Arindam Chatterjee belongs to the generation of Indian artists who began their careers in the last decades of the 20th century and attempted to create a new, more personalised artistic language of global significance. He started as an abstract artist and gained a wider reputation; however, around 2007, having felt the urgency for a more direct and communicative form of expression to respond to the conflictual world and its recent history, he turned to figurative paintings.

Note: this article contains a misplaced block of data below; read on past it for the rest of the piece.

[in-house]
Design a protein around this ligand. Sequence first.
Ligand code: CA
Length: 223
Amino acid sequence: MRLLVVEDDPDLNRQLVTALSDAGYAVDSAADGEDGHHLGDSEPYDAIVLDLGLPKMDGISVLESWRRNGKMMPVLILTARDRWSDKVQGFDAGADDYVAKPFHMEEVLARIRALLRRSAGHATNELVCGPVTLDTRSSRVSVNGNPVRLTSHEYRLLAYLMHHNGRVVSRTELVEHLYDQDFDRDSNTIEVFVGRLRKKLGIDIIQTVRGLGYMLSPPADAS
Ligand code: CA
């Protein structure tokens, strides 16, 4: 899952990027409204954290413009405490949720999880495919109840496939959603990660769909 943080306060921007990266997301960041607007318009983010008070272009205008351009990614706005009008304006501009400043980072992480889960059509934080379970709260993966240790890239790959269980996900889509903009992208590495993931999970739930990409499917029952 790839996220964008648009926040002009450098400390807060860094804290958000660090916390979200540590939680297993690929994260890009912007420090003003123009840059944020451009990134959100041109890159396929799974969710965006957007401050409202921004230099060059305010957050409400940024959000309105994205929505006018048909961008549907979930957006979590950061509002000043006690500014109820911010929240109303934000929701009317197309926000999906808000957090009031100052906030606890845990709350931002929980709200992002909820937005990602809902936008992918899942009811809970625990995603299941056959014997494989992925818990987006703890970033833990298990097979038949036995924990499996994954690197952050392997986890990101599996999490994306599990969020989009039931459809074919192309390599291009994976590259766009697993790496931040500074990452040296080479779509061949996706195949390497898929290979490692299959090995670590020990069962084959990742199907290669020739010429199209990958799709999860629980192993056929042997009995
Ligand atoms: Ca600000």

In the background of the city experience, Arindam Chatterjee’s paintings and drawings speak of a dystopian world, the fragile times of modernity: the death, wounds and suffering of human beings, animals and other creatures, real and imagined. Absent in the glaring narrative of neoliberalism, the dark faces of times can amply be found in the post-Tagorian modernist literature of Bengal. Inspired by them and other sources, Arindam Chatterjee’s neo-expressionist-like works create a bleak vision of the world, exposing culture’s dark past, unrealised potential and unsolved contradictions. Indeed, he moved away from abstract art; the shift has never been complete. Vestiges of abstract art are present in his figurative works, characterised by the rich handling of mediums and indeterminate figures and emotions.